Robyn admits she’s not yet a trained psychologist (she’s studying towards her degree) but says that four years of sex work has been excellent preparation for surrogacy. “Sex therapists have their place, but they have theory, not practice. They may have only had three partners in their entire lives,” she says. “I’ve slept with thousands of men, and my clients feel very comfortable seeing someone who does it everyday. Doctors and therapists can be too clinical for my clients. They say it’s like trying to talk to their mothers or fathers about sex, and many come from a suppressive upbringing.”
Robyn discovered surrogacy shortly after a few Australian therapists renewed interest in the idea. Israeli psychologist Ilan Biran visited Melbourne five years ago, discovering a kindred spirit in sex therapist Dr Brian Hickman. The duo began offering surrogate services in 2003, and Hickman continued the work after Biran returned to Israel. The East Melbourne-based therapist analyses the client’s sexual issues before introducing a trained surrogate.
“Surrogacy is not prostitution masked as therapy. Prostitution is a transaction, but surrogacy is about helping people,” he says. “I’ve rejected many clients with serious personality disorders or who just want sex. If a client is suitable, I ask the surrogate to see if they are interested. Most clients have a lethal cocktail of bad sexual experiences, a lack of knowledge and high anxiety about the act. 95 per cent of our clients have anxiety-based issues.”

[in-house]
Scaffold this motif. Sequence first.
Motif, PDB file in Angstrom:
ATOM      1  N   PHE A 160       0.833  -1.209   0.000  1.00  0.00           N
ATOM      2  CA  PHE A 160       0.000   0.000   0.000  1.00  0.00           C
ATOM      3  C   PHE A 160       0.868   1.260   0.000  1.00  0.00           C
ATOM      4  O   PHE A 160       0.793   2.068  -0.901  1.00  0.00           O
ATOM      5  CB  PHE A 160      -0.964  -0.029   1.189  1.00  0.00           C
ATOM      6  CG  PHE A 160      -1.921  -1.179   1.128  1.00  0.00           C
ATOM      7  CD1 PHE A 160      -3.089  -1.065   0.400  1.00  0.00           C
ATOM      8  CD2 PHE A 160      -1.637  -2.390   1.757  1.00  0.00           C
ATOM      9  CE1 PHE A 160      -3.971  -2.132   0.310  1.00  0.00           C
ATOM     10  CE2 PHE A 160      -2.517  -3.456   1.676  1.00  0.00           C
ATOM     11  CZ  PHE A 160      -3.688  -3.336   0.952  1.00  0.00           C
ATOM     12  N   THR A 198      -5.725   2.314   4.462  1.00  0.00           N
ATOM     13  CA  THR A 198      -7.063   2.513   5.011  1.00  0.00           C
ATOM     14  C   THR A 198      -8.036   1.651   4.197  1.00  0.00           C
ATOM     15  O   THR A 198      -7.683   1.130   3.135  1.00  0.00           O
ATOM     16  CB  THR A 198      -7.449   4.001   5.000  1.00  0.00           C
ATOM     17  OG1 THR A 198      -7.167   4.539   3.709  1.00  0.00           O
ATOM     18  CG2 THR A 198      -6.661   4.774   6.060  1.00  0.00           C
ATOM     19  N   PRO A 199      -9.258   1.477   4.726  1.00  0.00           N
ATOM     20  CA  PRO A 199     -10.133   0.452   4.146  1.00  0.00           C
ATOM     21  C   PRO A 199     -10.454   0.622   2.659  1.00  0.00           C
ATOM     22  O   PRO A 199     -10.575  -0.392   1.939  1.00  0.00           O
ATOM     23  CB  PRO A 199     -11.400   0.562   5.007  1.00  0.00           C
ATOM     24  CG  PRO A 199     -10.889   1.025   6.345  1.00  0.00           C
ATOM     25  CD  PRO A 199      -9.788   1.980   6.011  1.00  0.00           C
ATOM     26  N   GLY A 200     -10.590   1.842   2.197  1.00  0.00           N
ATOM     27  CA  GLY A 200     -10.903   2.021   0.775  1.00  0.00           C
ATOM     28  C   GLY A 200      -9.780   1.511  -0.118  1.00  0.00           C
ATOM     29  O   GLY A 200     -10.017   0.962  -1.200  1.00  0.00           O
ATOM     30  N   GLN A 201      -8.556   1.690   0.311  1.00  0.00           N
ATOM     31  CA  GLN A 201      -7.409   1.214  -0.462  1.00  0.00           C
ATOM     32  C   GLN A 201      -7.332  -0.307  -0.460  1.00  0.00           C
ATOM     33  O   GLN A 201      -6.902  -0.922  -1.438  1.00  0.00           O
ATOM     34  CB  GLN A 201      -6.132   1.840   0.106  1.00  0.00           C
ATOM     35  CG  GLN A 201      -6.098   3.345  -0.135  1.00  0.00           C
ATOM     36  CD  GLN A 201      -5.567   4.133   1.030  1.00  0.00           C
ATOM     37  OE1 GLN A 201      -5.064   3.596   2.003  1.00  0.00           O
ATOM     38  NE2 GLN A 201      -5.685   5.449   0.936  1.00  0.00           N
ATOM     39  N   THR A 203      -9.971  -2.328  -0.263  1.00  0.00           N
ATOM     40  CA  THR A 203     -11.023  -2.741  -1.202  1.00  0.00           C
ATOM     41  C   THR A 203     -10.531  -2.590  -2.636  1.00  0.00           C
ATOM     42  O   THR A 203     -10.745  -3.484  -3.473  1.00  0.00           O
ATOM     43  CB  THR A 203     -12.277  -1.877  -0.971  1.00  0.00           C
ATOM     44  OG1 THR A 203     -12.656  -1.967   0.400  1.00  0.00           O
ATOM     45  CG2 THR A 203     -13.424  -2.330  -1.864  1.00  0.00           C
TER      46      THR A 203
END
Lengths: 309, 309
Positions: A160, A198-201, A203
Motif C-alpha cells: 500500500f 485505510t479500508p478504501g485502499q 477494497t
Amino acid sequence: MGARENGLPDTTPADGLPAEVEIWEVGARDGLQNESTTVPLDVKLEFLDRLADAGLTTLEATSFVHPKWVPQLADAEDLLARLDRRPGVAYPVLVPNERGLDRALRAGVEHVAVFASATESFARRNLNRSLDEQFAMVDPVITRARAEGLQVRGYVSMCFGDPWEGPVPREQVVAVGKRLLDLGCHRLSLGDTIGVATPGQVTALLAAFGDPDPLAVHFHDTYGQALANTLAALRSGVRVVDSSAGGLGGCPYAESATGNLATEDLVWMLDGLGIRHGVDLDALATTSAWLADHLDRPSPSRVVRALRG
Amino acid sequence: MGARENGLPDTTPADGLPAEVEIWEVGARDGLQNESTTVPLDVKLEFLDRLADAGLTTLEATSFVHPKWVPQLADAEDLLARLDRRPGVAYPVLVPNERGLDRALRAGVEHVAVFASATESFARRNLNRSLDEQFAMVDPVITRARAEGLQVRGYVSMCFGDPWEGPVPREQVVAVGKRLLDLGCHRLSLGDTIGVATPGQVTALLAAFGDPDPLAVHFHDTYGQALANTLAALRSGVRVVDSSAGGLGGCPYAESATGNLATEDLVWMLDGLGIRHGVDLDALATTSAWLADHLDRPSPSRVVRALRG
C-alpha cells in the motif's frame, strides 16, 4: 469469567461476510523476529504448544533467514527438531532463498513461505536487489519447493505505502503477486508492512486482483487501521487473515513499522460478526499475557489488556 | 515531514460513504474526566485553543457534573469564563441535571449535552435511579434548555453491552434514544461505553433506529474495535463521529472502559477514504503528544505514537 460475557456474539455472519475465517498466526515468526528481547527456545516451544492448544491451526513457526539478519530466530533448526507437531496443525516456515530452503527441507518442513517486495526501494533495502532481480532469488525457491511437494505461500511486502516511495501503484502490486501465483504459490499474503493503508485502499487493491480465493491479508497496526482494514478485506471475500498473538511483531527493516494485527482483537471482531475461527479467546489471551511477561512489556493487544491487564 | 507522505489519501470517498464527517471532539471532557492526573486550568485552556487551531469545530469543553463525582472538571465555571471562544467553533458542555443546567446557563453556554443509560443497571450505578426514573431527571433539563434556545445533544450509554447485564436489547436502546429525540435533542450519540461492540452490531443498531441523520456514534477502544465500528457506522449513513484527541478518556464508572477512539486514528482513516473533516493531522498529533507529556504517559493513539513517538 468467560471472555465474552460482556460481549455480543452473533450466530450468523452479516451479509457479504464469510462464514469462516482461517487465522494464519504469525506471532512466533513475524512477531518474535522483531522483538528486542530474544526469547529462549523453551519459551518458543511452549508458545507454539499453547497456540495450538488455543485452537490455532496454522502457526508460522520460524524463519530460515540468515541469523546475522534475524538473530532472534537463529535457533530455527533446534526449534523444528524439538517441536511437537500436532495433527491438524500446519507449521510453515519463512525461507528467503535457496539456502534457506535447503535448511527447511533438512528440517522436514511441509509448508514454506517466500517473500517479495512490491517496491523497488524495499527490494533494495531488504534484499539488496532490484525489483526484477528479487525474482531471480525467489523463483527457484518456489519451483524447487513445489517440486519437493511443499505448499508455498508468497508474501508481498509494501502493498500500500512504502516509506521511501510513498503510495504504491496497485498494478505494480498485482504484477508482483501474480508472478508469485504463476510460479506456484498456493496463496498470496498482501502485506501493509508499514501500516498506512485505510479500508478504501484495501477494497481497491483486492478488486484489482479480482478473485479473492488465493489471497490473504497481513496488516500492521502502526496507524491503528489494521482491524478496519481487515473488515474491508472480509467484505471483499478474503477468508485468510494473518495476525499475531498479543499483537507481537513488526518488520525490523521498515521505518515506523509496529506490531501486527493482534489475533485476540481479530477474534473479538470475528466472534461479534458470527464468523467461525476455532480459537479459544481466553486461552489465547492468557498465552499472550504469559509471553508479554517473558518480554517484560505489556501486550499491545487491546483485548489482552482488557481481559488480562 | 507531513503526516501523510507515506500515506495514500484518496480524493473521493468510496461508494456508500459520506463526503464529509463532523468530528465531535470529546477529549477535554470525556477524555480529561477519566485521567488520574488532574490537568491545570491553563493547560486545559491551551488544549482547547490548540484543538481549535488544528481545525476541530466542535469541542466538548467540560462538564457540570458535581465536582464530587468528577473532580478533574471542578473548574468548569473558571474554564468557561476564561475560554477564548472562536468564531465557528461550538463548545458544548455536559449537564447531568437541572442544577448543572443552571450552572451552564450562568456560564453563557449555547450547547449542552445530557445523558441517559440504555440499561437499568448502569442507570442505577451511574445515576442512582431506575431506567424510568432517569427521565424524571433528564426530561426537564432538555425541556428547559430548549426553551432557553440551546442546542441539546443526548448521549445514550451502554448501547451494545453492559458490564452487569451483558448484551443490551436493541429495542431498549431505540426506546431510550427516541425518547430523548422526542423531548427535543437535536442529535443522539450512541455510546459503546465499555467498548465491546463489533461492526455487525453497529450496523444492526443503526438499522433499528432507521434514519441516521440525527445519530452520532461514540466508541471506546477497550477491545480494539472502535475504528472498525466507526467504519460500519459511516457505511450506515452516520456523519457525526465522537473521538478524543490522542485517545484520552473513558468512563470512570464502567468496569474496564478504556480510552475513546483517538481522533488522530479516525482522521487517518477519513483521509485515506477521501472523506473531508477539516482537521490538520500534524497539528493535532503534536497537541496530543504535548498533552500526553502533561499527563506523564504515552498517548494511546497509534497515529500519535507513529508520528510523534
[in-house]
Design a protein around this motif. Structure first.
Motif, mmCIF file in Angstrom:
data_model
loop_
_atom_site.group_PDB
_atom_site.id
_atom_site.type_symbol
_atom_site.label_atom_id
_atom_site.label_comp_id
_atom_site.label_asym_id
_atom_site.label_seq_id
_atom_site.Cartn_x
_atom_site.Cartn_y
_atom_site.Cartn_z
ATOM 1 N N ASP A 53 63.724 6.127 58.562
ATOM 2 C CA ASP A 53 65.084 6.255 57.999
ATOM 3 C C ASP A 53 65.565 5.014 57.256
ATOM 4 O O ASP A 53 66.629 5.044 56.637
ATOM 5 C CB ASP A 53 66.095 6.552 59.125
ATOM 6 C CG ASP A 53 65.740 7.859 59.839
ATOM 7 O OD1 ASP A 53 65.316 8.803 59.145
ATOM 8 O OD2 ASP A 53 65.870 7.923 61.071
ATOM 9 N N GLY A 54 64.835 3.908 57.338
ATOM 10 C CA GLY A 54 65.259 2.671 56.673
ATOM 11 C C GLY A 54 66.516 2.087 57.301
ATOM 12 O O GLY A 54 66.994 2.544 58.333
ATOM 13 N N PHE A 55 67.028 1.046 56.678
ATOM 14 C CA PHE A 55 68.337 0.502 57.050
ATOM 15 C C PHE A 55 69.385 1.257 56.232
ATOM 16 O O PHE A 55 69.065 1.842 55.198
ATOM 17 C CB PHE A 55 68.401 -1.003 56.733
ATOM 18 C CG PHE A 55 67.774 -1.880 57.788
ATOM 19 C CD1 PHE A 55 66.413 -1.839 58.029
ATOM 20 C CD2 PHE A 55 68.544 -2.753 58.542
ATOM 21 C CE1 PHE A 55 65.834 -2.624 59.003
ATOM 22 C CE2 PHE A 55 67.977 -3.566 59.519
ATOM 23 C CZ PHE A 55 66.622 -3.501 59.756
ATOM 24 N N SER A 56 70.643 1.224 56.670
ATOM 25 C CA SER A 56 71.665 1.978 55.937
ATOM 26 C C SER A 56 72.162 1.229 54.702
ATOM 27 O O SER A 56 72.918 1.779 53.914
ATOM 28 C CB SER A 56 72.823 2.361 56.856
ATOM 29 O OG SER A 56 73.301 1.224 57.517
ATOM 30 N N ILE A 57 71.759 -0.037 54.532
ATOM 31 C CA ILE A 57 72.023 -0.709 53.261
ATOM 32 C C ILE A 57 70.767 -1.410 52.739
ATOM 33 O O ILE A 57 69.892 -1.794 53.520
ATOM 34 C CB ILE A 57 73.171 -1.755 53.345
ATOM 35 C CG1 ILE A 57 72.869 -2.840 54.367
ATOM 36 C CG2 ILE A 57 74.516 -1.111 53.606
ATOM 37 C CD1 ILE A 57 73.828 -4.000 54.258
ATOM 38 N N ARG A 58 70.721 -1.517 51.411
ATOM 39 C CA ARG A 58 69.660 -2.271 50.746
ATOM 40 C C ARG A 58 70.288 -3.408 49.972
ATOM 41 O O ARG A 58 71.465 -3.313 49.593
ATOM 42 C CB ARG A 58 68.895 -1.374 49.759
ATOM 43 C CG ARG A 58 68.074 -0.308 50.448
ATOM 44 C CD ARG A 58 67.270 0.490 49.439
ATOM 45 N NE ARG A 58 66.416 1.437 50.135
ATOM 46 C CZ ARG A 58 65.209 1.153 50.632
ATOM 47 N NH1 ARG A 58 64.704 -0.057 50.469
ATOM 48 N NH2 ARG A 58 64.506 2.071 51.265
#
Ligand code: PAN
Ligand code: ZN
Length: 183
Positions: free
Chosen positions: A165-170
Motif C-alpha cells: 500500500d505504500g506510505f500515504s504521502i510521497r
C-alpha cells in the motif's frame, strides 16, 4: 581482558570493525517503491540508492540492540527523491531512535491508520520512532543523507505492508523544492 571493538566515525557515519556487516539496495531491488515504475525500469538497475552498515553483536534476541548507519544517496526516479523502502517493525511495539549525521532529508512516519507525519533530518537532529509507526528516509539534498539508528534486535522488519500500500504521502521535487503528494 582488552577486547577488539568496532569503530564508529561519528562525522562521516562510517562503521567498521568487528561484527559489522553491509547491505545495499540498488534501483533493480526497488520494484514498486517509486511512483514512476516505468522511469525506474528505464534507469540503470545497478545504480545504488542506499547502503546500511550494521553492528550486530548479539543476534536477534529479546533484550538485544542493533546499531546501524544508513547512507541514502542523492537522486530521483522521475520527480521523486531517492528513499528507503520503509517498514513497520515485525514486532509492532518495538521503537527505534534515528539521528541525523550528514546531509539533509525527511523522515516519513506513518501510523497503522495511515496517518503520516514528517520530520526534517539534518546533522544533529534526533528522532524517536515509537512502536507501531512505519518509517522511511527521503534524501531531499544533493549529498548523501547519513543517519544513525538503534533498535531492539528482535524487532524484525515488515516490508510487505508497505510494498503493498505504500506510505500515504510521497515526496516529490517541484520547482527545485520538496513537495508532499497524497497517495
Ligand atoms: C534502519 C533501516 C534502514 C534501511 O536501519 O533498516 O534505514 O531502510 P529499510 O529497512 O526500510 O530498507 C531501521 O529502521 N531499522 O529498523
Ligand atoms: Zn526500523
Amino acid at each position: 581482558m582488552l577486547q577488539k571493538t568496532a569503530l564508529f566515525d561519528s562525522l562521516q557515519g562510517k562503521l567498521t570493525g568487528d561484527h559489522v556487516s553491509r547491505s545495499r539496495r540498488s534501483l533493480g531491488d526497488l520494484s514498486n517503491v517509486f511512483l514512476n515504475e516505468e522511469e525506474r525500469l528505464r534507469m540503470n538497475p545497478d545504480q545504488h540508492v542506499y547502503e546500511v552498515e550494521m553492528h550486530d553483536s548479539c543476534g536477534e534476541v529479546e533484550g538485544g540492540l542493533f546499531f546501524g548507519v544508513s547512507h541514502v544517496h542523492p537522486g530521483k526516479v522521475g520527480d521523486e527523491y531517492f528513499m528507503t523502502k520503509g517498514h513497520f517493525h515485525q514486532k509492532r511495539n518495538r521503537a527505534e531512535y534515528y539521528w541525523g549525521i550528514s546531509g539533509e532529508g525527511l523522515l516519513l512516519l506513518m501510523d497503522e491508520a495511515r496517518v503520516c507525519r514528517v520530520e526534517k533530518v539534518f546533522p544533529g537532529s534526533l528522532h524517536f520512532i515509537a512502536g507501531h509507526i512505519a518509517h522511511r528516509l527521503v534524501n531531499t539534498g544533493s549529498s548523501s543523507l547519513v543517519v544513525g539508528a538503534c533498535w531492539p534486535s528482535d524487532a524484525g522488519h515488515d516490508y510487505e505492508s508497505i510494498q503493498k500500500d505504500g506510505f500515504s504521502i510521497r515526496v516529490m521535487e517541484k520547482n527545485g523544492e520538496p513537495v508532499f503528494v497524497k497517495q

Hickman is the only openly practicing therapist who uses surrogates, though there are several who operate under the radar in Sydney. The reason? The law makes no distinction between sexual surrogacy and prostitution and Hickman could potentially be charged with running an illegal brothel. Hickman admits surrogacy is a grey area. To avoid trouble, his surrogates – two women and a man in Melbourne and two women in Sydney – operate out of a rented apartment nearby and ask the clients to pay a hotel fee, just as escorts do. At $600 for a session – one hour with the therapist and 90 minutes with the surrogate –therapist surrogacy is about three times as expensive as Robyn’s surrogacy fees.
One of the Melbourne surrogates is “Violet”. A therapist by trade, she says surrogacy has allowed her to explore her fascination with sex. “I want to understand why it’s problematic for so many people,” she says, an unfeigned warmth in her voice. Now 49, she has a wealth of personal experience to draw on. Recently emerging from a decade-long relationship with a woman, she has three adult children from an earlier relationship with a man.